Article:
Students may save with Hope Credit

Some things in life might be painful, but paying taxes doesn’t need to be.

What some students don’t know could cost them money when they file their tax return this year.

“Scholarships and grants for students aren’t tax-deductible, but any tuition paid out of pocket could be, and that’s something a lot of students aren’t aware of,” said Tara Thompson, Jackson Hewitt Tax Service assistant office manager.

Many college students may be eligible for tax breaks such as the Hope or Lifetime Learning credits, but may not claim them if they file their returns late or in a hurry. This can cause them to lose out on the full tax refund to which they are entitled.

Thompson said her office is heading into the peak period for filing, and that the standing rule is that easier tax returns are filed early, and more difficult ones are filed immediately before the cutoff date each year. Procrastinators who file their own returns can often overlook allowances like education credits that students may be eligible to claim.

Designed to make obtaining and continuing one’s college education easier, both credits offer specific financial benefits, but each has its own set of rules and guidelines for determining eligibility.

According to the IRS Web site, the Hope Credit is an education tax credit designed to reduce costs during the first two years of college. This credit offers up to one $1,500 credit per eligible student per year. The student must be enrolled at least part-time, and must be enrolled in an undergraduate degree-seeking program, or another approved field of vocational training. In addition to restricting eligibility for the credit to students in their first two years of college, the credit excludes those students who have felony drug convictions.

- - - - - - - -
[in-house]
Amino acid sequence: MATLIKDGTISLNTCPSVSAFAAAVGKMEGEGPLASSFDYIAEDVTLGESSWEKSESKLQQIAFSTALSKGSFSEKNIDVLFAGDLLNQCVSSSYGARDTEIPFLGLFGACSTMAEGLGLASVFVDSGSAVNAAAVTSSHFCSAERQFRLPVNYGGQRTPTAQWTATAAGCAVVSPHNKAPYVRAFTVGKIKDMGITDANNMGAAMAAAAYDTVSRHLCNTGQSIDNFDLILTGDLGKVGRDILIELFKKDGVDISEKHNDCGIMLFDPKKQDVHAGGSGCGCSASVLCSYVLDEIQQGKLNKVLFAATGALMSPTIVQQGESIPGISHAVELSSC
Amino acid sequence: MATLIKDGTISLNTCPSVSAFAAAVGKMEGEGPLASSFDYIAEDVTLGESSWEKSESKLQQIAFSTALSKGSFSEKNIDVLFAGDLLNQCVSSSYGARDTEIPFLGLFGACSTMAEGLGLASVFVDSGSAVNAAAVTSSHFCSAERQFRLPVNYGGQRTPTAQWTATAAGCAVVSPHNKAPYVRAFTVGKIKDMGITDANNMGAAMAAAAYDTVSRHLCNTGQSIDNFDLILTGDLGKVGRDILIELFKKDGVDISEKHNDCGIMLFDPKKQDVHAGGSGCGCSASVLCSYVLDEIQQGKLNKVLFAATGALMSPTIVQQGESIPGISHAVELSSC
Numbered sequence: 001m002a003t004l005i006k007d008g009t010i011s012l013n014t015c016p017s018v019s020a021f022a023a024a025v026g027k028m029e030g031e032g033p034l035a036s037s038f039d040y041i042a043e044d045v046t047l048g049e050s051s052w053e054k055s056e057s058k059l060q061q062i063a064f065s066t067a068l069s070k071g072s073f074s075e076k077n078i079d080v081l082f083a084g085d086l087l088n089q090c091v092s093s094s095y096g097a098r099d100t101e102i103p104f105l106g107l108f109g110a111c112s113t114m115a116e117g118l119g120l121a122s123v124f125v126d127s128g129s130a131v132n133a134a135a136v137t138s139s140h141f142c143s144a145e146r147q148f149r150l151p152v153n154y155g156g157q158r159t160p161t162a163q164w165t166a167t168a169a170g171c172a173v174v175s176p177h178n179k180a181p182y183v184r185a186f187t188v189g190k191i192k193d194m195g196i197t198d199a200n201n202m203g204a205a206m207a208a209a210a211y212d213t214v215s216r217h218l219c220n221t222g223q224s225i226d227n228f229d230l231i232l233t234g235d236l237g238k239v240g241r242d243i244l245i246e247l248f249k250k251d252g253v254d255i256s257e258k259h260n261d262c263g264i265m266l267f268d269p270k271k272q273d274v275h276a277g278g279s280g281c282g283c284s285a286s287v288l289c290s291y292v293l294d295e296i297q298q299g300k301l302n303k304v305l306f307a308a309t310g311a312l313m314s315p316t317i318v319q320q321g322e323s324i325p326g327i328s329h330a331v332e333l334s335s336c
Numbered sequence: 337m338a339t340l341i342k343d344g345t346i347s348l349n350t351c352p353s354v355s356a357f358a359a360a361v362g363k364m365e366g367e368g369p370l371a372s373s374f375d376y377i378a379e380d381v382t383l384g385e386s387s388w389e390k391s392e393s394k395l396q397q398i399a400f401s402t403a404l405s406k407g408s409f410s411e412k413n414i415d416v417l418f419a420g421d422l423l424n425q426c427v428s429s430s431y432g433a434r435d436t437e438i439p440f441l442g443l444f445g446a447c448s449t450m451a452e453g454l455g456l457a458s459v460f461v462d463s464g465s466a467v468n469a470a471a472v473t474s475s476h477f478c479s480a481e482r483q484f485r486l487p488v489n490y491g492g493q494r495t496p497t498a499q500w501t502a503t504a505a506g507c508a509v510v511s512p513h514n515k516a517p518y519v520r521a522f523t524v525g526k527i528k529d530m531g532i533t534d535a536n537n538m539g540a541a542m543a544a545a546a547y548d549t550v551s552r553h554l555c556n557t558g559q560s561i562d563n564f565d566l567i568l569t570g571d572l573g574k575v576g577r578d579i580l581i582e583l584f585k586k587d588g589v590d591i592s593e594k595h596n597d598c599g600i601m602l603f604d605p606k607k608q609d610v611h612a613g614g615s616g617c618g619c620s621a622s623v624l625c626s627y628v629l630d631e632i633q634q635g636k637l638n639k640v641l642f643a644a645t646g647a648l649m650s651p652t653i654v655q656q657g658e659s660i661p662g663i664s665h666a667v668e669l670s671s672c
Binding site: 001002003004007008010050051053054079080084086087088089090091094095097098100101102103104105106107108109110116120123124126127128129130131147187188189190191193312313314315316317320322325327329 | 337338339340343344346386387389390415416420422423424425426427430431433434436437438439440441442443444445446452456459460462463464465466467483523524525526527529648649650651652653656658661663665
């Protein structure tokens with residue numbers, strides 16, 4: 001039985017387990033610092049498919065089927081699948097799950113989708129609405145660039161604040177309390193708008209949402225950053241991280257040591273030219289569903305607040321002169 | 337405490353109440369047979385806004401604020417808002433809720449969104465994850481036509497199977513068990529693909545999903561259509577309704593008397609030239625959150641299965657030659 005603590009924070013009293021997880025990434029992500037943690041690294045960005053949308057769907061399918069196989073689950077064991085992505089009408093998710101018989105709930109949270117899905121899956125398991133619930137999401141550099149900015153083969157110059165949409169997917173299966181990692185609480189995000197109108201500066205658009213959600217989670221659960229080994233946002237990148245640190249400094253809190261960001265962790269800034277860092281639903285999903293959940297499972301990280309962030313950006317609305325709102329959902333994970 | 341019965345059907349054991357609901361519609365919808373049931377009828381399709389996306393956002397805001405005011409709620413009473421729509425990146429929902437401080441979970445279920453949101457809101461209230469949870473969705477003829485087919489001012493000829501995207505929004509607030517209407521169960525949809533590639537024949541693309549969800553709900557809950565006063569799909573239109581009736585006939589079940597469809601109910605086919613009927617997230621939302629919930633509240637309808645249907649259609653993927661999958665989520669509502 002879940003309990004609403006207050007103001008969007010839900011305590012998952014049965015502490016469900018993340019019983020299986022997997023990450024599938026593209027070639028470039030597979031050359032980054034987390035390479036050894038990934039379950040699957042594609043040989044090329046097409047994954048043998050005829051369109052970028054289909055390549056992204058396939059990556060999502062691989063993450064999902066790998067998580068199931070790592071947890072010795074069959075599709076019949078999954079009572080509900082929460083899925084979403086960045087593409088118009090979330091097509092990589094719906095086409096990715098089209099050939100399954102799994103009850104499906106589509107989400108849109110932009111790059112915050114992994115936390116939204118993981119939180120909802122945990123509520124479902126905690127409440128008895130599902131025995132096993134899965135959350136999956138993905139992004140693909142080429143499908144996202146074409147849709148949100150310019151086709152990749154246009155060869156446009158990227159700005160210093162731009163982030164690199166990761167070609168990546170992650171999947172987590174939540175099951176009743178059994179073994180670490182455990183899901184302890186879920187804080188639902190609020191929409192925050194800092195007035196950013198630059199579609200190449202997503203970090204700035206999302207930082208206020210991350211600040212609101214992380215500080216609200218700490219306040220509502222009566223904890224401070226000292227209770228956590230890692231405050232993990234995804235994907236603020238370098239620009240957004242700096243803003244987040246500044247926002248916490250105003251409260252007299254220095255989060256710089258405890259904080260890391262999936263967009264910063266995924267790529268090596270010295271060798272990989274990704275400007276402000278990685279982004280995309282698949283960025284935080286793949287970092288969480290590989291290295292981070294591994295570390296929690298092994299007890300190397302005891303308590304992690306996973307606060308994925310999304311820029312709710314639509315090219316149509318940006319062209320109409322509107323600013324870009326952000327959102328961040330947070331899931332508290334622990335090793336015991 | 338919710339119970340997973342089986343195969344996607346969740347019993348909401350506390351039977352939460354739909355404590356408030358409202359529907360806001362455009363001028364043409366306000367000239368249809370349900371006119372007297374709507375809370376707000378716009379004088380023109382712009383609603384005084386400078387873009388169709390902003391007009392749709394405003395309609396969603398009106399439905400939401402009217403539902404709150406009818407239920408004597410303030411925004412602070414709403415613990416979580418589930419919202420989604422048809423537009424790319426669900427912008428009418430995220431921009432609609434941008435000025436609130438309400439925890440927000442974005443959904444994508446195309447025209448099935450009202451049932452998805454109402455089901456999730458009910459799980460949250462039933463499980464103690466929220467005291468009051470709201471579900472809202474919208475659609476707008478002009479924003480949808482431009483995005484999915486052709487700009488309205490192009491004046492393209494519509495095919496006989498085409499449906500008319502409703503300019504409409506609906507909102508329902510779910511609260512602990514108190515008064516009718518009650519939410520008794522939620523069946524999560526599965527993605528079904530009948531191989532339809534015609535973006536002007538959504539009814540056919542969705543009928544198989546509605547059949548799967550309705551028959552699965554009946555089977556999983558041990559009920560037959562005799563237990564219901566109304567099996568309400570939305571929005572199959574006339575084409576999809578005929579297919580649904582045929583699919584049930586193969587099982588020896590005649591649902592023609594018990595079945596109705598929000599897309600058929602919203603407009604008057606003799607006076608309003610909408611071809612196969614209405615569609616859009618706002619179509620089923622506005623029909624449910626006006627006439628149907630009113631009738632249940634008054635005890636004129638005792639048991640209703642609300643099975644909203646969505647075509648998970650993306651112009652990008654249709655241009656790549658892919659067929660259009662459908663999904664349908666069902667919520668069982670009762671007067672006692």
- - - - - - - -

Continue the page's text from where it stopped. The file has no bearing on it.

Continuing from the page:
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The Lifetime Learning Credit applies to undergraduate, graduate and professional degree courses, including classes to gain or improve job skills. For those who qualify, the credit will equal 20 percent of the first $10,000 of post-secondary tuition, for a maximum credit of $2,000 per tax year. Students who claim this credit are not required to be enrolled in a degree-seeking program, and drug convictions have no bearing on eligibility.

The IRS lists Publication 970, which details tax benefits for higher education, as the starting point for finding out if a student meets the criteria for either credit. Students must use IRS tax form 8863 to claim either the Hope Credit or the Lifetime Learning Credit on their tax return, but may not claim both.

Jeremy Hooyer, a University of Alaska Anchorage junior, said that although he knows the earlier one files the better, he always manages to fall behind.

“You should file sooner than later, but I don’t practice what I preach. I wait until the last minute every year. I am a procrastinator by nature, but I always seem to get it done by the deadline,” Hooyer said.

He said he files his tax return online, using standard tax software.

“The software’s very easy to use,” Hooyer said. “It walks you through step-by-step what you need to put where, and I recommend it to anybody that’s even slightly computer literate. I’ve been filing online for the past four years, and fingers crossed, I haven’t been audited yet.”

Sophomore Diane Swonger says she views tackling her taxes as a chore she tries to finish as soon as possible. She used her mother’s TurboTax software program and filed her tax return online three weeks ago.

“I filed early because, between my job as a resident advisor at East Hall and going to school, I’ve been very busy,” Swonger said. ” I just needed it done, and I didn’t have time to prepare it. So I gave all my information all to my mom and she organized it. I did the rest from there.”

Swonger said filing early and reviewing your return can make the difference between paying or being paid.

“Do your filing early and definitely be prepared,” Swonger said. “Keep all the stuff you think you’ll need for your taxes in one spot organized, because it goes so much faster when you have it all right there instead of scrambling for it, and missing something in the process.”